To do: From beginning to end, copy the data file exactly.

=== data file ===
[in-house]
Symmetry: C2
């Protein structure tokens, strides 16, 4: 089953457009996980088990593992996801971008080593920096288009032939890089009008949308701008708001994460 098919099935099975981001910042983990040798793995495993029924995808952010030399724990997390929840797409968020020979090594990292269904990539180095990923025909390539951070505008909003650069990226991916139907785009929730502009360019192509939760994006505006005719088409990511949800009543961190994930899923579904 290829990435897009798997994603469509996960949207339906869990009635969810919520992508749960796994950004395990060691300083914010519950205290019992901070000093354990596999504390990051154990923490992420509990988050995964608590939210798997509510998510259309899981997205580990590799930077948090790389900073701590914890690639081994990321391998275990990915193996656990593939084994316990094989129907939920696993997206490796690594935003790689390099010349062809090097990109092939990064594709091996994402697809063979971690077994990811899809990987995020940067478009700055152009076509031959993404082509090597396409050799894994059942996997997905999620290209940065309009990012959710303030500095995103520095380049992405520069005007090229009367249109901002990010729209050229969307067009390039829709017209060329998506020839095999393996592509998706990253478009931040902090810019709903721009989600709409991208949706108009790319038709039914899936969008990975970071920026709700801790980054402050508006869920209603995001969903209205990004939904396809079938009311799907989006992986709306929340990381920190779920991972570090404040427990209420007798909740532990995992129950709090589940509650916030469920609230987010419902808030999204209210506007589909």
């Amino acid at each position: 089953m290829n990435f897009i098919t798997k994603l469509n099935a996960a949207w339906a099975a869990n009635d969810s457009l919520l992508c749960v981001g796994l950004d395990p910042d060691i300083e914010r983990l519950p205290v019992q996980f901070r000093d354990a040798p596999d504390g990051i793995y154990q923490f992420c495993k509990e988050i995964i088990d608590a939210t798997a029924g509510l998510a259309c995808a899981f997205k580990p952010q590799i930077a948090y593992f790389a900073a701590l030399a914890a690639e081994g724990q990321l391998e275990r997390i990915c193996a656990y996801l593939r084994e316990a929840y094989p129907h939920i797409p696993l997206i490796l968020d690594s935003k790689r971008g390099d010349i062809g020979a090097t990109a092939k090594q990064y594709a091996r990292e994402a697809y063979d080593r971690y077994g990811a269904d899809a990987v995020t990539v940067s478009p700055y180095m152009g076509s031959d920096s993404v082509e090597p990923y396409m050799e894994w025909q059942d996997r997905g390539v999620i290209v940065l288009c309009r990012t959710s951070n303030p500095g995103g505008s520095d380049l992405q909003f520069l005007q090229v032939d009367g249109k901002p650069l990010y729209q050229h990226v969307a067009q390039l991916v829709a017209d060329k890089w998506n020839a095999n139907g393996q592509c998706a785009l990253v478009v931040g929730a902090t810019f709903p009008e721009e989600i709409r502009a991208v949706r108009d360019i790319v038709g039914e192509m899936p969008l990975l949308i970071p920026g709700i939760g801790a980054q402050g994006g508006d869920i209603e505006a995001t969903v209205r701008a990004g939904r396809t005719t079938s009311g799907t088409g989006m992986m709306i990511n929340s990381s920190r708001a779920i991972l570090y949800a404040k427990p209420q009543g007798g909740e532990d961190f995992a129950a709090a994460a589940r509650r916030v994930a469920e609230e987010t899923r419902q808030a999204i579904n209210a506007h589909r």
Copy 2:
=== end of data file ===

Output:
[in-house]
Symmetry: C2
């Protein structure tokens, strides 16, 4: 089953457009996980088990593992996801971008080593920096288009032939890089009008949308701008708001994460 098919099935099975981001910042983990040798793995495993029924995808952010030399724990997390929840797409968020020979090594990292269904990539180095990923025909390539951070505008909003650069990226991916139907785009929730502009360019192509939760994006505006005719088409990511949800009543961190994930899923579904 290829990435897009798997994603469509996960949207339906869990009635969810919520992508749960796994950004395990060691300083914010519950205290019992901070000093354990596999504390990051154990923490992420509990988050995964608590939210798997509510998510259309899981997205580990590799930077948090790389900073701590914890690639081994990321391998275990990915193996656990593939084994316990094989129907939920696993997206490796690594935003790689390099010349062809090097990109092939990064594709091996994402697809063979971690077994990811899809990987995020940067478009700055152009076509031959993404082509090597396409050799894994059942996997997905999620290209940065309009990012959710303030500095995103520095380049992405520069005007090229009367249109901002990010729209050229969307067009390039829709017209060329998506020839095999393996592509998706990253478009931040902090810019709903721009989600709409991208949706108009790319038709039914899936969008990975970071920026709700801790980054402050508006869920209603995001969903209205990004939904396809079938009311799907989006992986709306929340990381920190779920991972570090404040427990209420007798909740532990995992129950709090589940509650916030469920609230987010419902808030999204209210506007589909």
């Amino acid at each position: 089953m290829n990435f897009i098919t798997k994603l469509n099935a996960a949207w339906a099975a869990n009635d969810s457009l919520l992508c749960v981001g796994l950004d395990p910042d060691i300083e914010r983990l519950p205290v019992q996980f901070r000093d354990a040798p596999d504390g990051i793995y154990q923490f992420c495993k509990e988050i995964i088990d608590a939210t798997a029924g509510l998510a259309c995808a899981f997205k580990p952010q590799i930077a948090y593992f790389a900073a701590l030399a914890a690639e081994g724990q990321l391998e275990r997390i990915c193996a656990y996801l593939r084994e316990a929840y094989p129907h939920i797409p696993l997206i490796l968020d690594s935003k790689r971008g390099d010349i062809g020979a090097t990109a092939k090594q990064y594709a091996r990292e994402a697809y063979d080593r971690y077994g990811a269904d899809a990987v995020t990539v940067s478009p700055y180095m152009g076509s031959d920096s993404v082509e090597p990923y396409m050799e894994w025909q059942d996997r997905g390539v999620i290209v940065l288009c309009r990012t959710s951070n303030p500095g995103g505008s520095d380049l992405q909003f520069l005007q090229v032939d009367g249109k901002p650069l990010y729209q050229h990226v969307a067009q390039l991916v829709a017209d060329k890089w998506n020839a095999n139907g393996q592509c998706a785009l990253v478009v931040g929730a902090t810019f709903p009008e721009e989600i709409r502009a991208v949706r108009d360019i790319v038709g039914e192509m899936p969008l990975l949308i970071p920026g709700i939760g801790a980054q402050g994006g508006d869920i209603e505006a995001t969903v209205r701008a990004g939904r396809t005719t079938s009311g799907t088409g989006m992986m709306i990511n929340s990381s920190r708001a779920i991972l570090y949800a404040k427990p209420q009543g007798g909740e532990d961190f995992a129950a709090a994460a589940r509650r916030v994930a469920e609230e987010t899923r419902q808030a999204i579904n209210a506007h589909r």
Copy 2: